And this type of miracle is different than the miraculous feeding of 5,000 people, and the miracle of the Peshtigo Fire.  The Eucharist is a miracle we cannot see.  And, even with the Eucharistic miracles that do exist—miracles where the host becomes physical flesh and the wine becomes physical blood, proven as such under the microscope—even with those Eucharistic miracles, there still isn’t an explanation how it happened—mechanically speaking.

Now, we know how it happened.  The miracle happens because God sends down the Holy Spirit, and the priest (standing in the person of Jesus) speaks those same words of Jesus at the Last Supper.  Jesus is the Word of God, the same God who created the world “in the beginning.”  And God said, “Let there be light,” and there was light.  God’s spoken word makes things happen.  The miracle of the Eucharist happens because Jesus the Word of God said (and continues to say), “This is my Body, this is my Blood.”  Jesus’ words are transformative.  So we know how the bread and wine are changed.

But, again, the Eucharist is a miracle we don’t ordinarily see with our eyes.  We can only approach it with faith.  But that doesn’t make it any less of a miracle.  What’s one reason to come to Mass?  Well, to encounter a miracle; a sign that God—after all these ages—is still with his people, wanting his life and ours to be one.

So there’s the Peshtigo Fire, the feeding of the 5,000, and the Eucharist—all amazing miracles.  But then there are the “forgotten miracles,” the miracles of ordinary life that we have to remember are miracles—and defy science and the laws of nature.  And I’ll mention just two.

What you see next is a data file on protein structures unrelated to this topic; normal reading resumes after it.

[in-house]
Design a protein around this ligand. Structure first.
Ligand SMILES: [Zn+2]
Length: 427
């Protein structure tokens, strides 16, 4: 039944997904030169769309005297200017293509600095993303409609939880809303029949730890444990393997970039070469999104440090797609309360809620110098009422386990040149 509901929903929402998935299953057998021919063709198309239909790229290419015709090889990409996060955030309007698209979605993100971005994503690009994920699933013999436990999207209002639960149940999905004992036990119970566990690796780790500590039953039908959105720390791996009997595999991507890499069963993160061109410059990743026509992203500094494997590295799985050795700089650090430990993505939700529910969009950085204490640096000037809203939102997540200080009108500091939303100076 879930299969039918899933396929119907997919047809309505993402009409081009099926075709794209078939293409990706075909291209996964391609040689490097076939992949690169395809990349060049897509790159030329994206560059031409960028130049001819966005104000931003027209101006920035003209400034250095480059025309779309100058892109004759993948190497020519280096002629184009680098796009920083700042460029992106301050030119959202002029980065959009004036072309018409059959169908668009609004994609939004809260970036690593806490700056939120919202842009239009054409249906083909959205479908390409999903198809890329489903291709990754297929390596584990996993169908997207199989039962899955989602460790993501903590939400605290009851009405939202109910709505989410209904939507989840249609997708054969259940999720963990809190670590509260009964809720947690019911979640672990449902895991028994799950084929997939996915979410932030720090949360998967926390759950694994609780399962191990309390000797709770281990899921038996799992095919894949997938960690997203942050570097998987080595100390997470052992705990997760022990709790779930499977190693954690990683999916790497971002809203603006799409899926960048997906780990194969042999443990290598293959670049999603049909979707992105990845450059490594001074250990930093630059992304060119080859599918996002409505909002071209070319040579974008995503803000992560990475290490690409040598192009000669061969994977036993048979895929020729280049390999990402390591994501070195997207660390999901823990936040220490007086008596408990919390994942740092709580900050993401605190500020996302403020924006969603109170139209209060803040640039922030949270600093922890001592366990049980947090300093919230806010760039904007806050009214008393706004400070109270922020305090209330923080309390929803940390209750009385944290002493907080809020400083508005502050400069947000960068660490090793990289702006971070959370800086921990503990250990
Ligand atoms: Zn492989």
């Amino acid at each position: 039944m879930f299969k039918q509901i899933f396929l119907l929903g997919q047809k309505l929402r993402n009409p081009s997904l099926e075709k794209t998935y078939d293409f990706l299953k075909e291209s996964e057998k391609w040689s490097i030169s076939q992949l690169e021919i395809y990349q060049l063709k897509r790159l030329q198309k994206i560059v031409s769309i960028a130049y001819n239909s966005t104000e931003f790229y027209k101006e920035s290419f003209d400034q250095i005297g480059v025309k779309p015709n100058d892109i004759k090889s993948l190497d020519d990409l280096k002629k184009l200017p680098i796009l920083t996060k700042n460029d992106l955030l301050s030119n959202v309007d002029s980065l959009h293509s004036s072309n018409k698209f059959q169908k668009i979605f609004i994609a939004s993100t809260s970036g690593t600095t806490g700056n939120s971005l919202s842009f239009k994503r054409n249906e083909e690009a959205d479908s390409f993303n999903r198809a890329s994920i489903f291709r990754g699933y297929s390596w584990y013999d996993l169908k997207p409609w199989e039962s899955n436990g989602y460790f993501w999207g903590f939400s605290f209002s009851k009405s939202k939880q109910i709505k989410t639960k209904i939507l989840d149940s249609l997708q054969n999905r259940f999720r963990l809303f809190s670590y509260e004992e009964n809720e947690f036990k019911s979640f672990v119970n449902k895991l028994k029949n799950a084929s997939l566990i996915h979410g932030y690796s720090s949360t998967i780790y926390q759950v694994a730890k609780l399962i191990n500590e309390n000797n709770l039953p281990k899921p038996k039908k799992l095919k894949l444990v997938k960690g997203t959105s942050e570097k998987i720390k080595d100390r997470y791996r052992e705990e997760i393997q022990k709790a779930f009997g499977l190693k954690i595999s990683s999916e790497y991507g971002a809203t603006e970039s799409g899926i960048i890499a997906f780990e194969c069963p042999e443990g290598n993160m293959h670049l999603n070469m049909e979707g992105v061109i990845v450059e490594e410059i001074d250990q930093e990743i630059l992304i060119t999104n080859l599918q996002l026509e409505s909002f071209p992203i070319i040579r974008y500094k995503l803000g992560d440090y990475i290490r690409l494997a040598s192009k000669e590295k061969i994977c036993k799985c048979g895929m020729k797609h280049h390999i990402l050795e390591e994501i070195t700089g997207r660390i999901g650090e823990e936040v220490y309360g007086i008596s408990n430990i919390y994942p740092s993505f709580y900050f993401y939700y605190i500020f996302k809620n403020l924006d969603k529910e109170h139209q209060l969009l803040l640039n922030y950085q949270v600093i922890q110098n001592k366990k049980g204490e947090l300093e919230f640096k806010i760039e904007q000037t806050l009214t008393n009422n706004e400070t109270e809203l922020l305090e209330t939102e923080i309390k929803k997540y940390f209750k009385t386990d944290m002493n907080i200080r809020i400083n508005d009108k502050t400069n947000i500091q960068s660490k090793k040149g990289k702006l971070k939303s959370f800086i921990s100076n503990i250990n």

The first is human life.  But I don’t necessarily mean just birth and death; I mean human life in its entirety.  There’s a law of nature which Charles Darwin picked up on, and he saw it “survival of the fit;” the idea that only the strongest survive.  It’s foundational to the theory of evolution, and it’s observable all over the place.  But with human life, this particular law of nature is far exceeded.

We humans don’t need to be as intelligent as we are in order to “survive.”  We human don’t need the complex structures of society and commerce we have in order to “survive.”  The human ability to take raw materials from the earth and transform into something totally different is far beyond the need to “survive.”  The miracle of human life is that we’re made not just to “survive,” we’re made to “have dominion over the earth”—as it says in Genesis—and to “thrive,” not just “survive.”

Human life is a miracle.  Based on the laws of nature, human beings don’t need to exist, and we shouldn’t exist.  But we do.  Our very existence is a miracle—something to be amazed by.

And, second, is the miracle of faith.  No other creature in the known universe has the sense of a world beyond this one.  No other creature looks to the heavens for answers, or for consolation or inspiration.  We’re certainly members of the animal kingdom.  But there’s no animal out there like us, who has a conscience, a sense of “self,” a sense of the mysterious “other”—the “gods” who are part of our lives. 

That awareness of “something greater” is the miracle of faith.  Science can’t explain it.  The laws of nature maybe only hint at it.  There’s no rationale for us to have faith, or to look to the heavens.  But we do, as human beings have done for all of recorded history.  Faith itself is weird and amazing.  Faith is a miracle, like human life.  But we sometimes (maybe oftentimes) overlook it as being any extraordinary, or “out of this world.”

Protection from a blazing fire, the feeding of 5,000 people, the Eucharist, human life, faith itself—they’re all miracles.  They’re all things that shouldn’t exist—according to the laws of science and nature.  But they do.  And they exist as invitations for us to believe in something greater than ourselves.  Consider the miracles you’re aware of—even those “ordinary” ones—and how the Lord is calling you…to have faith in him.